The plot of Varney [which Frayling claims was lifted straight out of Polidori and derivatives] contains three main ingredients: Sir Francis Varney’s attempts to seduce the innocent heroine; the local villagers’ realization that Varney is a vampire and organization of a mass counter-attack; and a wedding scene [actually several], where Sir Francis is denounced in the nick of time and chased out of the area…Eventually, in a scene which was lifted from the melodramitization of Frankenstein, Sir Francis Varney, exhausted by his unsuccessful endeavours and disillusioned by an unsympathetic world, leaps into Mount Vesuvius, never to be heard of again. (p. 39)

If Rymer makes full use of Polidori, he also invents new variations on the theme, variations which will be reworked by later writers including Bram Stoker. Varney includes an original sub-plot concerning a Hungarian vampire count (the first in English literature); comic relief (straight out of the music hall) in the irrepressible double act of Admiral Bell and Able-Seaman Jack Pringle [straight out of Smollett]; and a whole series of scenes set in and around country churchyards, crypts, charnel houses and undertakers’ parlours, the atmospheric detail of which was evidently based on close observation of early Victorian funerary customs. (p. 39)

Yet, for all its absurdity, Varney did introduce new stuff which was picked up by Stoker, including:

  1. The “initiation” of the heroine, through contact with the vampire.
  2. The suggestion of sexual attraction, followed by revulsion, followed in turn by attraction again, between female victim and tormenting vampire.
  3. The incongruity of a central European folk-myth in an English rural setting.
  4. The respect of the hunter for the hunted.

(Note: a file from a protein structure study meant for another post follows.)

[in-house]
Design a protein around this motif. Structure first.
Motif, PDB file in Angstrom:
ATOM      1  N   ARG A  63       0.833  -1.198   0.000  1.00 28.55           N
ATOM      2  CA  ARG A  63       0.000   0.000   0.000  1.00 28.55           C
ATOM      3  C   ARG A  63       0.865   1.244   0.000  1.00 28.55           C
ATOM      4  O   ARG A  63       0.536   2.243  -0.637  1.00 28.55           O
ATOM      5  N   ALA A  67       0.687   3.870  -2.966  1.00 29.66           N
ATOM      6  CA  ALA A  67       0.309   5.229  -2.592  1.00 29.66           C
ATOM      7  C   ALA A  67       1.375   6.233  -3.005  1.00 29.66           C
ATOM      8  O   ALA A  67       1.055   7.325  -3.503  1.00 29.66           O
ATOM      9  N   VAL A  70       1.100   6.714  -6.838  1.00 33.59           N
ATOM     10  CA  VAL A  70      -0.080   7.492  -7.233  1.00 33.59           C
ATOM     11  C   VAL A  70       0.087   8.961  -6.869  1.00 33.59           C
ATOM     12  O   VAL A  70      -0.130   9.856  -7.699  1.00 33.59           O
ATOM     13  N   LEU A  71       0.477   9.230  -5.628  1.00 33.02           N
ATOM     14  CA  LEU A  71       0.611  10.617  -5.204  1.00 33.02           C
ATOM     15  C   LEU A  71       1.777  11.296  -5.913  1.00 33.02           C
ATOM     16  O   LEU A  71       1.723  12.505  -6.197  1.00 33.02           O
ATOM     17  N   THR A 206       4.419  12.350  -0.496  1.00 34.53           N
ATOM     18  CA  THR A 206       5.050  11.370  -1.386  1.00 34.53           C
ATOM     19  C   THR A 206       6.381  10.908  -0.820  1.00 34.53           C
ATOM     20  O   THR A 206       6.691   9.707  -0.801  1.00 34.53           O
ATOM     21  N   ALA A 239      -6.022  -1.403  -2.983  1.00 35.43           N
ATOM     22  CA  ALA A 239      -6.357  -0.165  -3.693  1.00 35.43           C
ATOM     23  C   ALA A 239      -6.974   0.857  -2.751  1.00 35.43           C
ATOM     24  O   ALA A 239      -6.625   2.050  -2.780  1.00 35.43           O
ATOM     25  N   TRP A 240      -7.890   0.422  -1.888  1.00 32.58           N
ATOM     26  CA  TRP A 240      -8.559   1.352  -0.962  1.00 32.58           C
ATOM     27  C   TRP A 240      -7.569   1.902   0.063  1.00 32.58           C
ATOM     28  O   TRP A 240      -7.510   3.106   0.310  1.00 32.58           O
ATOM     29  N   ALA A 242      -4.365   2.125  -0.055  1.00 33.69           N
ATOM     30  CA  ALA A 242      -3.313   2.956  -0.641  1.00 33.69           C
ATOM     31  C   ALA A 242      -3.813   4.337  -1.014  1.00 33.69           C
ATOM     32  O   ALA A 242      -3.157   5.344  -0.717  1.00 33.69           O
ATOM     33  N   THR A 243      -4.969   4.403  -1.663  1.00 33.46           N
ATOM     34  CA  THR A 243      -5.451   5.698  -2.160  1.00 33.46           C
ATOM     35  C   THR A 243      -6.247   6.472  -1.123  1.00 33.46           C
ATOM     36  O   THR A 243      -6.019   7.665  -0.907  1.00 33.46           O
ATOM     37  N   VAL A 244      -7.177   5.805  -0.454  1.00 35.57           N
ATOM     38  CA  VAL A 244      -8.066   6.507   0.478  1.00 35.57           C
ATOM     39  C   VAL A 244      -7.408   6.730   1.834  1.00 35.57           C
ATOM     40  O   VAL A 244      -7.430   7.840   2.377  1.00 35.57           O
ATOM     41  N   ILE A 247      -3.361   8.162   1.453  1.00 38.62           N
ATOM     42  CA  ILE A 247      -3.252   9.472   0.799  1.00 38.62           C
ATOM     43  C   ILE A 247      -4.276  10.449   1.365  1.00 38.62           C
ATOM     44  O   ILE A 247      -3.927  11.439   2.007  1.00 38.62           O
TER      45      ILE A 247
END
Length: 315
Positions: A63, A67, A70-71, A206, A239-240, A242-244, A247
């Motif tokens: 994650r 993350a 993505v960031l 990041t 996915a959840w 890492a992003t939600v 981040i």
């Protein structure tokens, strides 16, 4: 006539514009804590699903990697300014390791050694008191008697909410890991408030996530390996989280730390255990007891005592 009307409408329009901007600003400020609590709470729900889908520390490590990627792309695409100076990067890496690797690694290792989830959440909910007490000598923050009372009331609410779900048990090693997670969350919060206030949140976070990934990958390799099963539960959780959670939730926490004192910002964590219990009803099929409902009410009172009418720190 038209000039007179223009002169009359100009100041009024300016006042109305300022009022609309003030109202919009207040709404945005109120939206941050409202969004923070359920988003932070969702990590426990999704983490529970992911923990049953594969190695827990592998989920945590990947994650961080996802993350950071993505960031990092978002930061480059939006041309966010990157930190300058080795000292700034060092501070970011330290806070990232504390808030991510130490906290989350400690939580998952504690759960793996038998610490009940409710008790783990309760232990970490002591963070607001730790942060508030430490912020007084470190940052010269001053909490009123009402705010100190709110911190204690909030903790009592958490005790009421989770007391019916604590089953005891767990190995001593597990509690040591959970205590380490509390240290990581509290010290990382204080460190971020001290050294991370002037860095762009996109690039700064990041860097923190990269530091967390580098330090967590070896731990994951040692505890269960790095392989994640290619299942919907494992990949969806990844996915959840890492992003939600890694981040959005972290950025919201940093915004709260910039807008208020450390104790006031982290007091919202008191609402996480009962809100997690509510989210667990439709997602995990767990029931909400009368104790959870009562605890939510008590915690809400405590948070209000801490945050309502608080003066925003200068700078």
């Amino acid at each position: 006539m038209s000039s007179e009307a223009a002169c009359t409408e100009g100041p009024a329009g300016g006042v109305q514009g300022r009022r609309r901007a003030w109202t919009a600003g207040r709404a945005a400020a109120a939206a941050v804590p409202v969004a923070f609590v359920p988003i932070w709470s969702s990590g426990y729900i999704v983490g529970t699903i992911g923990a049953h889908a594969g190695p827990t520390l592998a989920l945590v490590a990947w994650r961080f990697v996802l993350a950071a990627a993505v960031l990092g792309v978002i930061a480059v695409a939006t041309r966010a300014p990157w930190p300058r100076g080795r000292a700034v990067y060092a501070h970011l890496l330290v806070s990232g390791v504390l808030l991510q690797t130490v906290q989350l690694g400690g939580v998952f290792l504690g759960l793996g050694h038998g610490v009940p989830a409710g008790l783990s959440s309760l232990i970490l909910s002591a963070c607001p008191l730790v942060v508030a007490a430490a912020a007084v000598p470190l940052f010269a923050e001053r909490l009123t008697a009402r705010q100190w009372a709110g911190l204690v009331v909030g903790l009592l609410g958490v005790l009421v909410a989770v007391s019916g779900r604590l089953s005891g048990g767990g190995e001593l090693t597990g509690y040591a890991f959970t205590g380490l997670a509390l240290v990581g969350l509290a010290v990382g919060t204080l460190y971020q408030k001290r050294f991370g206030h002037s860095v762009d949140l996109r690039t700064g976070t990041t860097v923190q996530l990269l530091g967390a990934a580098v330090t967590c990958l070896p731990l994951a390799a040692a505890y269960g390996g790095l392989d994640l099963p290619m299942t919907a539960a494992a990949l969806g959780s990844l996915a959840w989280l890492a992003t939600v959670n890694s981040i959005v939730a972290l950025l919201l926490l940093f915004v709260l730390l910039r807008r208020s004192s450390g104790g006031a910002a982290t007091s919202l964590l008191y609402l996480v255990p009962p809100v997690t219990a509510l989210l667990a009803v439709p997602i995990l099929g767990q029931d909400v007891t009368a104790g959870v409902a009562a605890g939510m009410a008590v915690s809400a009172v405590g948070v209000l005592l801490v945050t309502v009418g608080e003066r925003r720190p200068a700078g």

5. The…methodical, scientific approach to dealing with the vampire. This foreshadows Bram Stoker’s treatment of the vampire-hunter Professor van Helsing…This aspect of both Varney and Dracula may perhaps be taken to represent the conflict between Victorian scientific positivism…and the forces of the unknown.
  6. Some more specific motifs, including a vigil at the witching hour by the tomb of a suspected vampire…the vampire’s transmutation into a wolf, the arrival of a deserted ship and the chase to the vampire’s resting-place.

(pp. 40–41)

‘Leonard Wolf [editor of Dracula] has said, “There is nothing in Varney, nothing at all, that is capable of sounding anything like the chords of dark understanding that reverberate in page after page of Stoker’s Dracula”’ (quoted on p. 41).

Frayling publishes ‘A Vampire Mosaic Vampires in folklore, prose and poetry, 1687–1913’; this is too long for transcription here but it occupies pp. 42–63 and contains several things of interest. Frayling notes that his list includes only substantive references, i.e. people who go about biting others and drinking their blood; unlike James Twitchell who considered psychological vampirism, i.e. those who mysteriously drain others vitality and will to live, a numerous tribe, and hence saw vampires everywhere. In Swinburne’s Chastelard Mary Queen of Scots appears as a vampire, with Darnley among her victims. ‘Swinburne was reading the words of de Sade at the time, although this acted only as a catalyst. In Juliette, and especially Justine, de Sade had explored the relationship between blood and sexuality (adding blood to his already extensive list of aphrodisiacs and stimulants for men)’ (p. 53). ‘In essence, there were four archetypal vampires in nineteenth-century fiction: the Satanic Lord (Polidori and derivatives), the Fatal Woman (Tieck, Hoffmann, Gautier, Baudelaire, Swinburne and Le Fanu), the Unseen Force (O’Brien, de Maupassant) and the Folkloric Vampire (Merimee, Gogol, Tolstoy, Turgenev, Linton and Burton). One might add also the “camp” vampire…’ (p. 62). [With the exception of the latter, Dracula pulls all these strands together.]